On this day in auto history - August 18th

Wed 18th Aug 2021

It was on this day in 1940 that legendary American car manufacturing tycoon Walter P. Chrysler passed away at the age of 65.

Born in Kansas, Chrysler learnt his trade as a mechanic before perfecting his craft working for several Western railroad companies. He was so fascinated by the early automobiles that he quickly took apart the first car he ever bought to understand how it worked. He then promptly put it back together again.

Chrysler accepted an offer to become manager of the Buick plant in Michigan for just $6,000 a year in 1911 but - after helping boost annual profits to $50 million - he was installed as president in 1916 and became one of the best paid executives in the world with a package which included him receiving $500,000 a year in General Motors stock.

Chrysler left GM to rescue ailing manufacturer Willys-Overland on a staggering salary of $1 million per year, before acquiring a controlling interest in the struggling Maxwell Motor Company which he duly phased out and absorbed into his new firm, the Chrysler Corporation, in 1925.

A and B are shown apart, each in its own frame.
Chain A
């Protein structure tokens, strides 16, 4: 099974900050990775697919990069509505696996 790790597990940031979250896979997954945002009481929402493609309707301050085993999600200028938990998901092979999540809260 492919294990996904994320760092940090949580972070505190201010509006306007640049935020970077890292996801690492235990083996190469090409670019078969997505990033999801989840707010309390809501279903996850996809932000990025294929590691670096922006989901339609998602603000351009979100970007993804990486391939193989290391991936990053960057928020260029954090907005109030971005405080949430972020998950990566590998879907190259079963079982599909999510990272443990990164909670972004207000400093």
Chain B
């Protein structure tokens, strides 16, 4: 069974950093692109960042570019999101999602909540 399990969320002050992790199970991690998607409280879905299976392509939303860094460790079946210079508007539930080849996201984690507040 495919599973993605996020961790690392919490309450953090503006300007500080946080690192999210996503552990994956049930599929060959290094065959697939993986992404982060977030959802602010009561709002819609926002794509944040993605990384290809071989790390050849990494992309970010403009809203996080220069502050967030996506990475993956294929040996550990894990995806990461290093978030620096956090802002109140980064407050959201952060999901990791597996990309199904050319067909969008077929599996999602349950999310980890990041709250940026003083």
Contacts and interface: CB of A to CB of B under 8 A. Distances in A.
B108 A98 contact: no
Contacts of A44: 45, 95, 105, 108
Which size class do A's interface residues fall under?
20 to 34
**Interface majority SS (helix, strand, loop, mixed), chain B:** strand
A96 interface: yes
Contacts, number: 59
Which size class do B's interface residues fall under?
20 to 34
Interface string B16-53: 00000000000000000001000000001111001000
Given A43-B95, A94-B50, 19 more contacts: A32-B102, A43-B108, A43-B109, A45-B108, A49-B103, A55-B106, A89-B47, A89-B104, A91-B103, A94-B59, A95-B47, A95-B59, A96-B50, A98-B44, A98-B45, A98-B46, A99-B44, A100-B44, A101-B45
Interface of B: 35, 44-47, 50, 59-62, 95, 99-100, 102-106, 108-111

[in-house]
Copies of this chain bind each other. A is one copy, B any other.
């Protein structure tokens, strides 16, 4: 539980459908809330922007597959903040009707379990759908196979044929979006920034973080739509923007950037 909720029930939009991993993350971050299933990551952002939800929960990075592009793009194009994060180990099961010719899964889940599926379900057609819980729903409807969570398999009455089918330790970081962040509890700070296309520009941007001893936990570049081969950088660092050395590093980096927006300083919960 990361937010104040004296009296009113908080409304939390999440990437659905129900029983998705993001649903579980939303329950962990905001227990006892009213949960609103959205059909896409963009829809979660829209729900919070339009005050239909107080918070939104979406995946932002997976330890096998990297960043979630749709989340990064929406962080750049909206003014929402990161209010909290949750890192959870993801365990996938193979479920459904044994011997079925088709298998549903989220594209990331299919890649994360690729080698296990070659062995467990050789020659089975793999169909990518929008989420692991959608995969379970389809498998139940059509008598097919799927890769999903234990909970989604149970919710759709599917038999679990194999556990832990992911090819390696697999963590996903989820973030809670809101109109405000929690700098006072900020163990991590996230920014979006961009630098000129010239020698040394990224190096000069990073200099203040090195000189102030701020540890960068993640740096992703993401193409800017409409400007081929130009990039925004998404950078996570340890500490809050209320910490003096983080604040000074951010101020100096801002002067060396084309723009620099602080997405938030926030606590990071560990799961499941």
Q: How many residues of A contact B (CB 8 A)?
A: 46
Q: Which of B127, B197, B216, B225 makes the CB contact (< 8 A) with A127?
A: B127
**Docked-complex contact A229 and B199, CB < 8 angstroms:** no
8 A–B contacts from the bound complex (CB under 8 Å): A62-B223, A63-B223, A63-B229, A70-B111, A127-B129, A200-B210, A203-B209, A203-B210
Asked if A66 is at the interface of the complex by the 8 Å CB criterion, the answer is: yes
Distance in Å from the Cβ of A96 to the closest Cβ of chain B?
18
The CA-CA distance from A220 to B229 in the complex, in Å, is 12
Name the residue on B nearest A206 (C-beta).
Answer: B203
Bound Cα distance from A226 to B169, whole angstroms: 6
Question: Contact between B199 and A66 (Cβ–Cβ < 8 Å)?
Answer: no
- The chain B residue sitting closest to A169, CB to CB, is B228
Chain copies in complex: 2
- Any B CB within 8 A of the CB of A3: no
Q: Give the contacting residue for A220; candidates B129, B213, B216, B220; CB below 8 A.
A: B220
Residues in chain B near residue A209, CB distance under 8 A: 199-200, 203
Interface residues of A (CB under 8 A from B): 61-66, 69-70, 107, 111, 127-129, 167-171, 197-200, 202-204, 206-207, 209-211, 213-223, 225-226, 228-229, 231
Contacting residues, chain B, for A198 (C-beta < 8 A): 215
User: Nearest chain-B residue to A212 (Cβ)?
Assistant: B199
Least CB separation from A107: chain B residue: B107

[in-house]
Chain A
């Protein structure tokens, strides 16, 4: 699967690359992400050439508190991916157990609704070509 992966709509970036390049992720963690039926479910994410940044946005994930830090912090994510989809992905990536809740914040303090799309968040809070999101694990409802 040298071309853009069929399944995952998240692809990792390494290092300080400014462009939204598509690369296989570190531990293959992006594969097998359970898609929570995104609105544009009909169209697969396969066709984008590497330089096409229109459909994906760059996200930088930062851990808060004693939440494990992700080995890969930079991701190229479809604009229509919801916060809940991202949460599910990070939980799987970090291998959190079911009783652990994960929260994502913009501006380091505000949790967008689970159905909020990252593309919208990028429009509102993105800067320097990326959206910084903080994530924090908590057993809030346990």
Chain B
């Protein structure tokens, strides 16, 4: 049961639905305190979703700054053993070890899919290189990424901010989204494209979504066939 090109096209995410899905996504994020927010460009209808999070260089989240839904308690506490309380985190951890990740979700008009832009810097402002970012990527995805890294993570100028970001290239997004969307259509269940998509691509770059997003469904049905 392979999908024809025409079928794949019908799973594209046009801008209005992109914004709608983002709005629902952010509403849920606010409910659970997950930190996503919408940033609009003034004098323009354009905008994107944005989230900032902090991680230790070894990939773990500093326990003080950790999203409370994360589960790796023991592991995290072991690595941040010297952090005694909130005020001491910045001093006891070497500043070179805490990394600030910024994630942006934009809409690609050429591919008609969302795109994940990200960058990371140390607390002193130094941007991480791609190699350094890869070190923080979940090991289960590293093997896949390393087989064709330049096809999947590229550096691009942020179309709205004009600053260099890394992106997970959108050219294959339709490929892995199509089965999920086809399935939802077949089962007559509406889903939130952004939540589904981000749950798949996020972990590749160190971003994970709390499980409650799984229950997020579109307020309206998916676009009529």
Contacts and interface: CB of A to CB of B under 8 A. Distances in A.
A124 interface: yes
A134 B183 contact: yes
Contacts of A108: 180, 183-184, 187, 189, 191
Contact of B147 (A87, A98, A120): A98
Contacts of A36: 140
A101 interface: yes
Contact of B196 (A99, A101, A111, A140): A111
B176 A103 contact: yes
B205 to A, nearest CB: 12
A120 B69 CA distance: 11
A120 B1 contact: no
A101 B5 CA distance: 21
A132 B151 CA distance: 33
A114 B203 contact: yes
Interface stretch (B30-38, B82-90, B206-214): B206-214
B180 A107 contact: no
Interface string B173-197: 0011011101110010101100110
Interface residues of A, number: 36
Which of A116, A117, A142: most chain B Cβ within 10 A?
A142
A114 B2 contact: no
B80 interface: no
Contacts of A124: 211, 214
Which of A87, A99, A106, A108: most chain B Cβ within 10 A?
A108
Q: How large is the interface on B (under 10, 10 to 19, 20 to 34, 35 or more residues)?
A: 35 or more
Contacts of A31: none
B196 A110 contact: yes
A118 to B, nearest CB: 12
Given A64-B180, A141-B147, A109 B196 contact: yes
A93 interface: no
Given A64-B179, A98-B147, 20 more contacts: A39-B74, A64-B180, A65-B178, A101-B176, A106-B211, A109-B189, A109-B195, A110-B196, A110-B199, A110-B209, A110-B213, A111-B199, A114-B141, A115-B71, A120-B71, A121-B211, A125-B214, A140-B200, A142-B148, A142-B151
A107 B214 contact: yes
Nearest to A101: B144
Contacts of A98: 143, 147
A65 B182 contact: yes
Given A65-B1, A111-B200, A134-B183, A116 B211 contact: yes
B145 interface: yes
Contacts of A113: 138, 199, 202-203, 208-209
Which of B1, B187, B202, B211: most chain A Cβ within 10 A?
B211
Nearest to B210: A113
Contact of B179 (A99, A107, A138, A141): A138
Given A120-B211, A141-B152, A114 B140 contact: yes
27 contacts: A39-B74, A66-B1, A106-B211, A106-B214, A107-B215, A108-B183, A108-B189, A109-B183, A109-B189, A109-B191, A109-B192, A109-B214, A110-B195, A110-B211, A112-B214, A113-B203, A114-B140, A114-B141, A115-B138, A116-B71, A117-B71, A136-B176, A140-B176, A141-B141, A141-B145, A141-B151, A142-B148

Over the next few years, Chrysler had launched the Plymouth and DeSoto marques whilst purchasing Dodge for a mammoth $170 million.

With his eponymous company riding high, Chrysler was named Time magazine’s 'Man of The Year' for 1928 and made worldwide headlines in 1930 when financing the construction of the Chrysler Building in Manhattan which, at over 1,000 feet, was briefly the world’s tallest building until surpassed the following year by the Empire State Building.

Chrysler eventually stepped down from the day-to-day running of Chrysler in 1936 at a time when it was regarded as one of the “big three” automakers in the world alongside Ford and GM.